Posted on 21/11/2021 by Philip Island Nature Parks

Nature Parks Board update – October 2021

The Phillip Island Nature Parks Board met on Thursday 28th October to discuss a range of issues, topics and opportunities, and continue its ongoing review of policies, compliance responsibilities and strategic planning as set out under its governance framework. The highlights of this meeting are outlined below.


Summerland Peninsula Masterplan

The Board discussed the Summerland Peninsula Masterplan which was developed in 2012, and the remaining projects and requirements to complete. The Summerland Trails development and the Penguin Parade boardwalks and viewing stands redevelopment are the current projects that we are continuing to focus on. The Nature Parks team are completing Cultural Heritage assessments, detailed design, vegetation assessments and wildlife planning to ensure these projects are shovel ready when any funding opportunities become available.

The Board reaffirmed its commitment to maintain vehicle access and if it was successful in progressing the Summerland Trails Masterplan.


Forrest Caves Beach Access Stairs project

The Board received an update on the damage to Forrest Caves stairs from storm and erosion events over a number of years. Works have been undertaken to stabilize the structure in the short term and further work is required to provide longer term structural support. The Board endorsed the works to be completed as soon as it is safe to do so and noted the significant work required to protect wildlife, cultural assets, and vegetation throughout the project. The works contract is due to be awarded shortly, and work is estimated to start after the Shearwater departure in May 2022. The Nature Parks will provide further information to the community regarding the project and access interruptions closer to this time.


Animal Ethics Committee

This important committee serves to ensure that animal research conducted by the Nature Parks has the highest regard for animal welfare, is ethical and is compliant with legislative standards. The Board acknowledged the contribution of Clare Davis who has volunteered her time to this committee for over the last 25 years and this year is stepping down from the committee. The Board endorsed the appointment of Jacqueline Walsh to replace Clare on the committee. Jacqui is very well qualified to fill this position through her work with Wildlife Victoria and East Gippsland Wildlife Rescue and Protection. She has lived all her life in Gippsland, caring for seabirds including penguins and shearwaters, and holds, a Certificate III in Animal Studies, and a Certificate IV in Veterinary Nursing.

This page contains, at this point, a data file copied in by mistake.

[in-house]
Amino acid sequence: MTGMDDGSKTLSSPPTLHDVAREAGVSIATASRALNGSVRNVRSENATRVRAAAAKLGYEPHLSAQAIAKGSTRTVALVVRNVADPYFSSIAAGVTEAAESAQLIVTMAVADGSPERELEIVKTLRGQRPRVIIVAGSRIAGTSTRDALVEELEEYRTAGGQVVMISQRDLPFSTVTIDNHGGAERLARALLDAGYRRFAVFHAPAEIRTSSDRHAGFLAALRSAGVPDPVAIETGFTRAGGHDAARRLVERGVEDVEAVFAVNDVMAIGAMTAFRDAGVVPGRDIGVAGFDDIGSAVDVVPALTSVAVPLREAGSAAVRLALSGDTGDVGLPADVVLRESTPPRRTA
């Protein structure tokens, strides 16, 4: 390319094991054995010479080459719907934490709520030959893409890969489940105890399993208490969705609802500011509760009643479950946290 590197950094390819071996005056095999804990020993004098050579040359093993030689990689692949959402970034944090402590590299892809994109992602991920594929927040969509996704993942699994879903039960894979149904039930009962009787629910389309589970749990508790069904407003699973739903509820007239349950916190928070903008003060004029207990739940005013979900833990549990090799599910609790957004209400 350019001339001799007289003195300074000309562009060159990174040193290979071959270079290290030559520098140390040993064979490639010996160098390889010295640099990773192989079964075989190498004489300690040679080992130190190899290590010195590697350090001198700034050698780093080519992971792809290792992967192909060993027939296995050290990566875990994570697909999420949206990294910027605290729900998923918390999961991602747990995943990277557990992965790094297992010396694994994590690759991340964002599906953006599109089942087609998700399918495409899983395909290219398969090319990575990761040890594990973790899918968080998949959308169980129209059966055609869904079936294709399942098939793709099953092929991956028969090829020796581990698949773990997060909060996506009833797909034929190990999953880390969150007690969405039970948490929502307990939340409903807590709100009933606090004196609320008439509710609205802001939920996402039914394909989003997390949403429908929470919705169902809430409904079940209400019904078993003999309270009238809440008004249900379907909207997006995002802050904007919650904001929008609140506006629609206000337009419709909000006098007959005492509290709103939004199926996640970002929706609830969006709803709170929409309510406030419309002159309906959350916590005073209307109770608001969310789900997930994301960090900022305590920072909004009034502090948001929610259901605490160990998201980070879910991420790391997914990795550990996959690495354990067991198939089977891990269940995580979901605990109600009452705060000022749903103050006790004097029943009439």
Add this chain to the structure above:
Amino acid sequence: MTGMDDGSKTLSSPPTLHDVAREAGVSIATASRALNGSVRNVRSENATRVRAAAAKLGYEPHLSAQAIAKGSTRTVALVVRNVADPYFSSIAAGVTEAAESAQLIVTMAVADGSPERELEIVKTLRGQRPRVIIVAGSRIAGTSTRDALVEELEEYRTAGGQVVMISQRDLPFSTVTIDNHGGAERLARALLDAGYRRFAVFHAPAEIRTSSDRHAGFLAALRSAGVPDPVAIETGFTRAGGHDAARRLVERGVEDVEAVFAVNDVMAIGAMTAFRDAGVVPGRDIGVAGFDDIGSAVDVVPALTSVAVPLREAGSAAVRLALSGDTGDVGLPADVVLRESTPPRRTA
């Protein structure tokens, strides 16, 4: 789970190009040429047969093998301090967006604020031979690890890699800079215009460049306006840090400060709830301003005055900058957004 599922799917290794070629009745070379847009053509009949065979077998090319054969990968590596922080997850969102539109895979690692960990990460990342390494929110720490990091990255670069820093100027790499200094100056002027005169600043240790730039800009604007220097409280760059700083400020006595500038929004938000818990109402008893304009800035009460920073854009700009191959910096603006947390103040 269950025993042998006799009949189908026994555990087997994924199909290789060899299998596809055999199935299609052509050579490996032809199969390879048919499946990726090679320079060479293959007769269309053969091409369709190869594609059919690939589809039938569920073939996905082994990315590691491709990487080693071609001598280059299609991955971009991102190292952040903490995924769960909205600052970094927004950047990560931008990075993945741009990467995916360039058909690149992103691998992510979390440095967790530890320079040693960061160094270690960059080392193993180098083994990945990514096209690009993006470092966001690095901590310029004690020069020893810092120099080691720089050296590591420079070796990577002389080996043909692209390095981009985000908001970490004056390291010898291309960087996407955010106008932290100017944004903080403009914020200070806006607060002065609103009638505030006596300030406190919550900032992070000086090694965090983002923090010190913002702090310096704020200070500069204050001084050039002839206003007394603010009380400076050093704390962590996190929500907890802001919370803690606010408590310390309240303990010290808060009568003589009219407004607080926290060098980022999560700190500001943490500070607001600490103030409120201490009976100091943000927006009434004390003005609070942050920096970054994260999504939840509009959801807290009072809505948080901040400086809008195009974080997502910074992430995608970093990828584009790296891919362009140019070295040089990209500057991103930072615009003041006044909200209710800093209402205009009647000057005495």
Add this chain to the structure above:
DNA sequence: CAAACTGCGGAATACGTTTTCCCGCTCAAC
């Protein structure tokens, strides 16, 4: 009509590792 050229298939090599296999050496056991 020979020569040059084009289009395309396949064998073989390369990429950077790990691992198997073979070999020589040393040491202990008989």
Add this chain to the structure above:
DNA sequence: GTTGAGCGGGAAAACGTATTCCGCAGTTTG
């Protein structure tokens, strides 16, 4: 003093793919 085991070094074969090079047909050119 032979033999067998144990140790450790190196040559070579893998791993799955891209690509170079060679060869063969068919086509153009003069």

The Board discussed the updated Nature Parks COVID Safe Plan and acknowledged the ongoing work undertaken to ensure that the Nature Parks team members and visiting community are kept safe, and that the Nature Parks remain compliant with the latest requirements. The Board was delighted to welcome back visitors and community members residing in the Melbourne Metro region, with 3 of our attractions recommencing 7-day operations with this milestone and capacity at the Penguin Parade relaxing a little. The Vaccinated Economy Trial held at Churchill Island also concluded and the Board noted the positive feedback from the Nature Parks team involved in the trial.

Of course, our well-planned reopening did not go as we all had hoped, with the storm impacting the Nobbies, Churchill Island and the Koala Conservation Reserve over the long weekend. Thankfully the Penguin Parade opened as planned and was enjoyed by many visitors with sell out nights (albeit to a smaller capacity crowd) experienced on Saturday, Sunday and Monday. The Board thanked all staff who assisted in the site clean-up process.


Professional Development

Board members Jane Foley & Danielle Auldist shared their learnings from their attendance at the Government Institute, National Public Sector Governance Forum, delving into the learnings application and relevance to the Nature Parks.


Threatened Species Report

The Board discussed the progress made on the Threatened Species Plan and including the work the Nature Parks contribute to the protection of Victoria’s population of endangered Eastern barred bandicoots, which have changed in status from ‘Extinct in the wild’ to ‘Endangered’. Researchers at Phillip Island Nature Parks estimate that the population of 67 bandicoots released on the Island in 2017 has grown to about 300 animals.


Strategic Risk Review

The Board considers one or two strategic risks at each scheduled meeting, and in October the Board considered the risks to the Nature Parks’ business from external events on infrastructure and business site operations. It was a timely discussion with the next day’s extreme weather conditions putting these business continuity plans to the test.



Kevin Love Chair

Phillip Island Nature Parks